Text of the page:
Hello, I am a mother of four, aged sixteen to 22 months. I live in California and am married.
Most women get a baby after pregnancy. However, my pregnancy gave me a baby and cancer. Actually, two babies and cancer. That’s right. I got cancer from my pregnancy. Who knew such a beautiful milestone could turn into a life threatening event? This is the problem: lack of awareness and informational knowledge.
Molar pregnancy is known as gestational trophoblastic neoplasia or GTD. Not all molars turn into this fast and aggressive, malignant placental cancer, choriocarcinoma, but mine did.
There are two types of moles: partial and complete. Both are grape-like germ cells that give off pregnancy symptoms. In a partial mole, the egg is fertilized by two sperm, doubling the sets of male chromosomes and therefore developing fetus abnormalities. The pregnancy has to be terminated if not miscarried naturally.
In a complete mole, the fertilized egg has missing DNA/chromosomes and is therefore unable to support the pregnancy, stopping at the placenta. These cells are more susceptible to turning malignant, enhancing the chances of choriocarcinoma. I had a rarer case of a complete molar pregnancy alongside a baby, meaning it was her twin. I was not diagnosed until four months after my daughter’s birth, and oncology suspects the molar pregnancy was fully gestated around 25 weeks into my pregnancy.
As complex as this disease is, the realities are severe and real. I had regular pre-natal care, and the only signs or symptoms during my pregnancy were contractions at around 25 weeks. These contractions grew stronger and stronger, yet my OB/GYN could not find anything wrong. He put me on mild rest, and then told me to quit working out. This was my fourth pregnancy, so I knew these were not Braxton Hicks contractions.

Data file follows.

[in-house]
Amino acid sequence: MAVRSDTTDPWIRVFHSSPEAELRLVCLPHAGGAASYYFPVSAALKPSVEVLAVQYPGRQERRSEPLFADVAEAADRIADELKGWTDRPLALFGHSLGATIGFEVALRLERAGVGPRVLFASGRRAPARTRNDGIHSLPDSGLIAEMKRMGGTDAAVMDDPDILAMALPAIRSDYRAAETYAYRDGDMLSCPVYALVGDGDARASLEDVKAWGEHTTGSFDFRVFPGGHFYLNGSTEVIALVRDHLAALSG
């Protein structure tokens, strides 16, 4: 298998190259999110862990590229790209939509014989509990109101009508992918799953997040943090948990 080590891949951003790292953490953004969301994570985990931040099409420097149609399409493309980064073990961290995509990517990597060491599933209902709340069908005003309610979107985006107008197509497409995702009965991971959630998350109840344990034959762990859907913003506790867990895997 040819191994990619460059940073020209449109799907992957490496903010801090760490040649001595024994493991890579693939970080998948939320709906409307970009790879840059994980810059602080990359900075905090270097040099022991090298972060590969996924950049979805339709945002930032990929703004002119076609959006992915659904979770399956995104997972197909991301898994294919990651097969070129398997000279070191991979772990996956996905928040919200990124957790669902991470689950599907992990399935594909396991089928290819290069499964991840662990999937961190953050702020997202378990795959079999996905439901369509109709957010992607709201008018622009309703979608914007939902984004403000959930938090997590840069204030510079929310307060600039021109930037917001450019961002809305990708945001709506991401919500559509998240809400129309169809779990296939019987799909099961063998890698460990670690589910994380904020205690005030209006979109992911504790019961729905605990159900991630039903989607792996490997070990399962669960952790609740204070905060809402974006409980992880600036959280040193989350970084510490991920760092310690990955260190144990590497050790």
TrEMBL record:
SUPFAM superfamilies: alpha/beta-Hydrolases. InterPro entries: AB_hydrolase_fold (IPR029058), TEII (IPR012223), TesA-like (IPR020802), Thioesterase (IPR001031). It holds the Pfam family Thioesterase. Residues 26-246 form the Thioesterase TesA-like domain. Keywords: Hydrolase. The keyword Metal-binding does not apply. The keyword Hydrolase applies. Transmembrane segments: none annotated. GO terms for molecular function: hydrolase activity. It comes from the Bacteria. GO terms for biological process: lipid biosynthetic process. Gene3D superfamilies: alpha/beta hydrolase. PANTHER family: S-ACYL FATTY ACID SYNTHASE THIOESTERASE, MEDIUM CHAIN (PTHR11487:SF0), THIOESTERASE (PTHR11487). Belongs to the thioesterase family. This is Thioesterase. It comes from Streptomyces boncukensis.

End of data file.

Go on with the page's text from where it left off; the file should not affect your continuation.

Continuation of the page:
I didn’t make it to the hospital, as my baby was born in the ambulance en route to the hospital. I had postpartum bleeding for eight weeks, which was my second symptom. I mentioned my bleeding to my OB/GYN, and he seemed to think everything was alright, especially after a physical exam.
Shortly afterward, up until four months after giving birth, I bled intermittently and had menstrual-like cramps. I was breastfeeding exclusively, so I began to get suspicious. I finally woke up one night, hemorrhaging and in a panic. The following day, I had no bleeding, so I had some temporary relief until the next day, when I passed some fairly thick blood. I knew then something was terribly wrong.
My OB/GYN saw me that morning and did a vaginal ultrasound, and we saw the grape-like cluster image. I was admitted to a local county hospital. It took twelve hours to officially diagnose me, after several tests and massive hemorrhaging. The date was February 1, 2014, and I began chemotherapy on February 4th. My B-hCG levels were over 221,000 and I became resistant to single methotrexate injections, so I was put on the grueling EMA/CO 5 agent regimen. I had a total of twelve rounds of chemo over six and a half months. Every other week was inpatient following outpatient. If caught in time, choriocarcinoma responds very well to chemotherapy.
My baby will be two years old this September. She is healthy and said to be out of harm’s way regarding cancer, though she did lose her twin. We are very blessed to have put this behind us and to have the great opportunity to move forward with precious life.
My continuing goal is to reach out to others who have faced or are facing this and to those who have lost their daughters to it. I am also big on awareness and gaining funds for Dr. Goldstein’s exclusive choriocarcinoma/GTD research and treatment at Brigham and Women’s Hospital. I have a Facebook page, Choriocarcinoma & Molar Pregnancy Awareness, and a Facebook support group, Choriocarcinoma & Molar Pregnancy Support.
UPDATE 3/13/16: Seven months after publishing her Power Story, Cindy is still in remission, and her beautiful daughter is now two years old and doing great (as you can see!).
The informational content of this article is intended to convey a personal experience and, because every person’s experience is unique, should not be relied upon as a substitute for professional healthcare advice.
This story is intended to convey a personal experience and, because every person’s experience is unique, should not be relied upon as a substitute for professional healthcare advice.